follow Dictionary.com

How do you spell Hannukah?

dormant

[dawr-muh nt] /ˈdɔr mənt/
adjective
1.
lying asleep or as if asleep; inactive, as in sleep; torpid:
The lecturer's sudden shout woke the dormant audience.
2.
in a state of rest or inactivity; inoperative; in abeyance:
The project is dormant for the time being.
3.
Biology. in a state of minimal metabolic activity with cessation of growth, either as a reaction to adverse conditions or as part of an organism's normal annual rhythm.
4.
undisclosed; unasserted:
dormant musical talent.
5.
(of a volcano) not erupting.
6.
Botany. temporarily inactive:
dormant buds; dormant seeds.
7.
(of a pesticide) applied to a plant during a period of dormancy:
a dormant spray.
8.
Heraldry. (of an animal) represented as lying with its head on its forepaws, as if asleep.
Origin
1350-1400
1350-1400; Middle English dorma(u)nt < Anglo-French, present participle of dormir < Latin dormīre to sleep; see -ant
Related forms
nondormant, adjective
semidormant, adjective
Synonyms
1, 2. quiescent. See inactive. 4. latent.
Antonyms
1. awake, active.
Dictionary.com Unabridged
Based on the Random House Dictionary, © Random House, Inc. 2014.
Cite This Source
British Dictionary definitions for nondormant

dormant

/ˈdɔːmənt/
adjective
1.
quiet and inactive, as during sleep
2.
latent or inoperative
3.
(of a volcano) neither extinct nor erupting
4.
(biology) alive but in a resting torpid condition with suspended growth and reduced metabolism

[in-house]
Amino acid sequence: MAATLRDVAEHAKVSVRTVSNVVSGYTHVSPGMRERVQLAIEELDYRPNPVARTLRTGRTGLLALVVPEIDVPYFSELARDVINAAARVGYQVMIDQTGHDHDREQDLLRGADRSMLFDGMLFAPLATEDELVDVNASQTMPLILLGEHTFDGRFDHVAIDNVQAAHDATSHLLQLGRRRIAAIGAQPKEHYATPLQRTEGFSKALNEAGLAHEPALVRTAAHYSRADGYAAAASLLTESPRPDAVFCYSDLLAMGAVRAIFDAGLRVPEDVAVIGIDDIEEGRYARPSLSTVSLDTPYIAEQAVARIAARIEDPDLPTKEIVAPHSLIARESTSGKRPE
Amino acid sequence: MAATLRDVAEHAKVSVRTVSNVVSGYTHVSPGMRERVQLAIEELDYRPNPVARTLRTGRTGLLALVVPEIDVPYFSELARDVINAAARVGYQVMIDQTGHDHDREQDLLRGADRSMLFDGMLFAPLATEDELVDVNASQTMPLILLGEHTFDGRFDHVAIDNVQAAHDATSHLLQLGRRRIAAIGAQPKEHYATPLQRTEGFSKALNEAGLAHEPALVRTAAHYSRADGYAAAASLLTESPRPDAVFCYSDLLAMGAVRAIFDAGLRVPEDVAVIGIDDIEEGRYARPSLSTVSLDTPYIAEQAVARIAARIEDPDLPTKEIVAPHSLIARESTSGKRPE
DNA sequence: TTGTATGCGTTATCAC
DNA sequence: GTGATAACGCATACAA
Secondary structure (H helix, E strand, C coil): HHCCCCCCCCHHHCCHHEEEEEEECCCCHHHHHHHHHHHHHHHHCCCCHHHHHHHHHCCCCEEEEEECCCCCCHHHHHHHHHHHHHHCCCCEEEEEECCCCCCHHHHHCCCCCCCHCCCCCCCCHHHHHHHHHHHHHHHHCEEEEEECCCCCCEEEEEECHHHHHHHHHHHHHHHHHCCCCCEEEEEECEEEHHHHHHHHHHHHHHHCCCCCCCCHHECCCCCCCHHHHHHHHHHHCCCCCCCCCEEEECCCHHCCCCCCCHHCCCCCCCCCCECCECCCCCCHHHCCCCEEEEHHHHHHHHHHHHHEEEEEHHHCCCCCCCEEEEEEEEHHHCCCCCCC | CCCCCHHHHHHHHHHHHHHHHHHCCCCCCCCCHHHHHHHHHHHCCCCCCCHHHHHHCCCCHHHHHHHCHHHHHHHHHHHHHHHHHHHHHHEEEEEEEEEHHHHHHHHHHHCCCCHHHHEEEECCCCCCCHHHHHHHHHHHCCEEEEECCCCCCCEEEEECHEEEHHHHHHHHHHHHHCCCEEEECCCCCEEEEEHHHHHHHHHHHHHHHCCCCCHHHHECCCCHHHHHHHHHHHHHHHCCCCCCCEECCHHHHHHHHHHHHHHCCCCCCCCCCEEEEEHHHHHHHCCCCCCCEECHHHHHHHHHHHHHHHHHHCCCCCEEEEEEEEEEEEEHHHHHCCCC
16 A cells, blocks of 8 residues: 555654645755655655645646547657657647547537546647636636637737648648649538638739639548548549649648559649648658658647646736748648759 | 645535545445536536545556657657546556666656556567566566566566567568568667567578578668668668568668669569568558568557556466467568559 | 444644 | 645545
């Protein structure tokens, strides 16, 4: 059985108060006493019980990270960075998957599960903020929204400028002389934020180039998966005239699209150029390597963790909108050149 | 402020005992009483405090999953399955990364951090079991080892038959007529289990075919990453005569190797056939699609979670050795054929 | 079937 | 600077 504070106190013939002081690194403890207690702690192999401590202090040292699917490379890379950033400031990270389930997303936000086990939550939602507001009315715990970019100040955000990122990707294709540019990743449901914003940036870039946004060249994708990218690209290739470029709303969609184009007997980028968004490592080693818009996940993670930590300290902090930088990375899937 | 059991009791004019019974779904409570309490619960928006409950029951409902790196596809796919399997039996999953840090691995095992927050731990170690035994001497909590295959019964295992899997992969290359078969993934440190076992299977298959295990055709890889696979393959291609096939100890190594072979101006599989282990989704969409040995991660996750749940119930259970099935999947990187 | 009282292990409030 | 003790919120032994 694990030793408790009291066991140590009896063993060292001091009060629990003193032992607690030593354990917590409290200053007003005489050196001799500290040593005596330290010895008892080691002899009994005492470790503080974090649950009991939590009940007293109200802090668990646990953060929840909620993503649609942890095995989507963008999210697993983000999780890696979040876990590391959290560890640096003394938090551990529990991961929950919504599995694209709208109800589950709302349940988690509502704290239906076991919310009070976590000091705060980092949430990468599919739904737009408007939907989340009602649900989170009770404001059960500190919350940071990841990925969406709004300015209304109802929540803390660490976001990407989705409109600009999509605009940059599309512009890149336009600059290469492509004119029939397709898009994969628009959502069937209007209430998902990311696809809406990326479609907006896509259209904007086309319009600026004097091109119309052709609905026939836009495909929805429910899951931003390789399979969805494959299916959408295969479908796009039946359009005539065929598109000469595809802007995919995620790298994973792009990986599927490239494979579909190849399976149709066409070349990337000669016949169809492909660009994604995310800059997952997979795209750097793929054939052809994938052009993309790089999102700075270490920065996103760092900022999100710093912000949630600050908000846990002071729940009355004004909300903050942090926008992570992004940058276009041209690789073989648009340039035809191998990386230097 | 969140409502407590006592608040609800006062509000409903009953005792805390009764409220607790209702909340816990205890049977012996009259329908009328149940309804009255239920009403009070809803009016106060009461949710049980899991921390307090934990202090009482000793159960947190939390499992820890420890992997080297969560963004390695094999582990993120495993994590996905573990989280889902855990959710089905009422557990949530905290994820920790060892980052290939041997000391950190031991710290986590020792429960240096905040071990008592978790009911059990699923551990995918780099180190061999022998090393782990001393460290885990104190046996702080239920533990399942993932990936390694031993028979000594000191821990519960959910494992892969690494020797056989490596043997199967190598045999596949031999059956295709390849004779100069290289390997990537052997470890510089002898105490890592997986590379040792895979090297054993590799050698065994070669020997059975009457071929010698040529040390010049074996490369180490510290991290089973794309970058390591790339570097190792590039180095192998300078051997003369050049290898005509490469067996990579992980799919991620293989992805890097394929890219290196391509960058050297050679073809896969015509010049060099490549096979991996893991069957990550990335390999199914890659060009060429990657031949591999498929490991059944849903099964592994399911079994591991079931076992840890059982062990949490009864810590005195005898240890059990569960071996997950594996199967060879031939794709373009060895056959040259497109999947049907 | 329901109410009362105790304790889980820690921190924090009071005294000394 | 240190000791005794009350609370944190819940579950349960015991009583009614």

5.
(usually postpositive) (heraldry) (of a beast) in a sleeping position
Compare active, passive
Derived Forms
dormancy, noun
Word Origin
C14: from Old French dormant, from dormir to sleep, from Latin dormīre
Collins English Dictionary - Complete & Unabridged 2012 Digital Edition
© William Collins Sons & Co. Ltd. 1979, 1986 © HarperCollins
Publishers 1998, 2000, 2003, 2005, 2006, 2007, 2009, 2012
Cite This Source
Word Origin and History for nondormant

dormant

adj.

late 14c., "fixed in place," from Old French dormant (12c.), present participle of dormir "to sleep," from Latin dormire "to sleep," from PIE root *drem- "to sleep" (cf. Old Church Slavonic dremati "to sleep, doze," Greek edrathon "I slept," Sanskrit drati "sleeps"). Meaning "in a resting situation" (in heraldry) is from c.1500. Meaning "sleeping' is from 1620s.

Online Etymology Dictionary, © 2010 Douglas Harper
Cite This Source
nondormant in Science
dormant
  (dôr'mənt)   
  1. Being in an inactive state during which growth and development cease and metabolism is slowed, usually in response to an adverse environment. In winter, some plants survive as dormant seeds or bulbs, and some animals enter the dormant state of hibernation.

  2. Not active but capable of renewed activity. Volcanoes that have erupted within historical times and are expected to erupt again are dormant.


The American Heritage® Science Dictionary
Copyright © 2002. Published by Houghton Mifflin. All rights reserved.
Cite This Source

Word of the Day

Difficulty index for dormant

Most English speakers likely know this word

Word Value for nondormant

0
17
Scrabble Words With Friends